Sayako, who had insisted for years she would wait to marry, walked several steps behind the groom to a specially built Shinto altar in a prestigious Tokyo hotel on Tuesday in a reverse fairy-tale that has been closely followed across Japan.
Wearing a simple Western-style white dress and a single-strand pearl necklace, Sayako exchanged vows and shared a ceremonial glass of sake wine with Yoshiki Kuroda, a 40-year-old urban planner.
Sayako quit her job as a part-time bird researcher and, under a now-controversial tradition, loses her imperial status by marrying a commoner.
She acknowledged she had only a remote idea about her new life in a rented home in middle-class Tokyo.
“I was very glad that the emperor and empress think that this new life is not a total change but an extension of my life so far,” Sayako said in a five-minute news conference with her new husband.
“I would like to start a new life as a member of the Kuroda family by learning various things,” she said.
Her husband said: “While respecting each other’s views, I would like to make a quiet home where you can feel at ease.”
The princess is the first Japanese royal woman in modern times to wed in her 30s.
Japanese Emperor Akihito (L)
It mirrors the trend in Japan, which is struggling to counter a declining birthrate as more young people choose to put off families for the sake of careers and lifestyles.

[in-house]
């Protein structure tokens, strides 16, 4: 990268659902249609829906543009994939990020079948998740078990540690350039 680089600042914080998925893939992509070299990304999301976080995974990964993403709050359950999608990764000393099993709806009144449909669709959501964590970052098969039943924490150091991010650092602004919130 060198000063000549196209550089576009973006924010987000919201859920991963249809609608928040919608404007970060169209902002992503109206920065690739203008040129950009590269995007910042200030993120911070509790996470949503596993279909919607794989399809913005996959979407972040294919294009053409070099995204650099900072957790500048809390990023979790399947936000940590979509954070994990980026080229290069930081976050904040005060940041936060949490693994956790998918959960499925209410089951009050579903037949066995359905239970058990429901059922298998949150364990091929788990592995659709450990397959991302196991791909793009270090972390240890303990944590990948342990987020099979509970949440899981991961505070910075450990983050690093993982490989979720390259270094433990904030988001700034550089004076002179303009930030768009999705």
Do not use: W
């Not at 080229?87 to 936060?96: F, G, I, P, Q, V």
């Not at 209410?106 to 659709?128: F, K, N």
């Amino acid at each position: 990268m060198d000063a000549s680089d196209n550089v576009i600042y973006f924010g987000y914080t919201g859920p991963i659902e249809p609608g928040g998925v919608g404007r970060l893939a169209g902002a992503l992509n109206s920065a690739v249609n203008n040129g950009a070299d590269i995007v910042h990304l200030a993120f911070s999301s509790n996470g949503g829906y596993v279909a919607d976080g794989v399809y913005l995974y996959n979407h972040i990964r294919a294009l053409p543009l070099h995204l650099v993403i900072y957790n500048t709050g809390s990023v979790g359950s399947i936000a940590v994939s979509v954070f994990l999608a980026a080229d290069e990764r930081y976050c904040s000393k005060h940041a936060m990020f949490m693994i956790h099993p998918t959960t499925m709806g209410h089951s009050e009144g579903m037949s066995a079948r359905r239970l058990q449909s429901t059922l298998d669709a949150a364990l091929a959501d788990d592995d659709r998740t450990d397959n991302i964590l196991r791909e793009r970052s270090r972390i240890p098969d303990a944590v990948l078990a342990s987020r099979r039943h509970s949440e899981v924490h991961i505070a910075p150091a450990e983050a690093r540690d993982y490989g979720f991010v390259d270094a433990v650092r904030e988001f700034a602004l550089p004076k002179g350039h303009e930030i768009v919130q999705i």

The wedding was not accompanied by the grand, public ceremonies seen for former career diplomat Masako Owada’s wedding to Crown Prince Naruhito in 1993.
The former princess later put on a kimono once worn by her mother and attended a champagne reception with 150 guests, including Emperor Akihito and Empress Michiko, who broke tradition by attending their daughter’s wedding reception.
In the morning, thousands of well-wishers lined the roads and royal minders bowed deeply as the princess was driven off in a black limousine from the palace to the nearby Imperial Hotel.
The groom, Yoshiki Kuroda, is an
“Many people feel close to the princess because she is descending to a commoner’s rank,” said Hiroshi Inamura, 68, who camped out all night to be the first to write his name in the congratulatory book.
Crown Princess Masako, who has shunned the public eye for almost two years due to stress, showed up to see off her sister-in-law, who entered the Shinto-style ceremony holding a fan with a tuft.
Masako has been under intense pressure to produce a male heir to the Chrysanthemum Throne because her only child, three-year-old Princess Aiko, under current rules cannot become Japan’s monarch.
The male-only succession rules also mean Sayako must leave the imperial family, becoming “Mrs Kuroda” upon her marriage to the metropolitan government employee, who was a childhood friend of her brother.
As no boy has been born to the royal family since 1965, Japan is studying allowing women to assume the throne and letting princesses keep their royal status after marriage. But any change would come too late for Sayako.
Sayako is the youngest child of Akihito and Michiko and the last of their three children to wed.
She has been preparing for her new life by learning everything from how to drive to how to sort out the rubbish. But her transition was eased by a one-time government payment of $1.3 million as an allowance for becoming a commoner.
Michiko, who was the first commoner to marry into the monarchy, last month recalled how Sayako supported her mother whenever she was disappointed.
Noting that Akihito calls the princess “our Miss Don’t Mind,” the empress said in a statement: “How fondly we will remember and miss this tender and heart-warming ‘Don’t mind’ in the days to come.”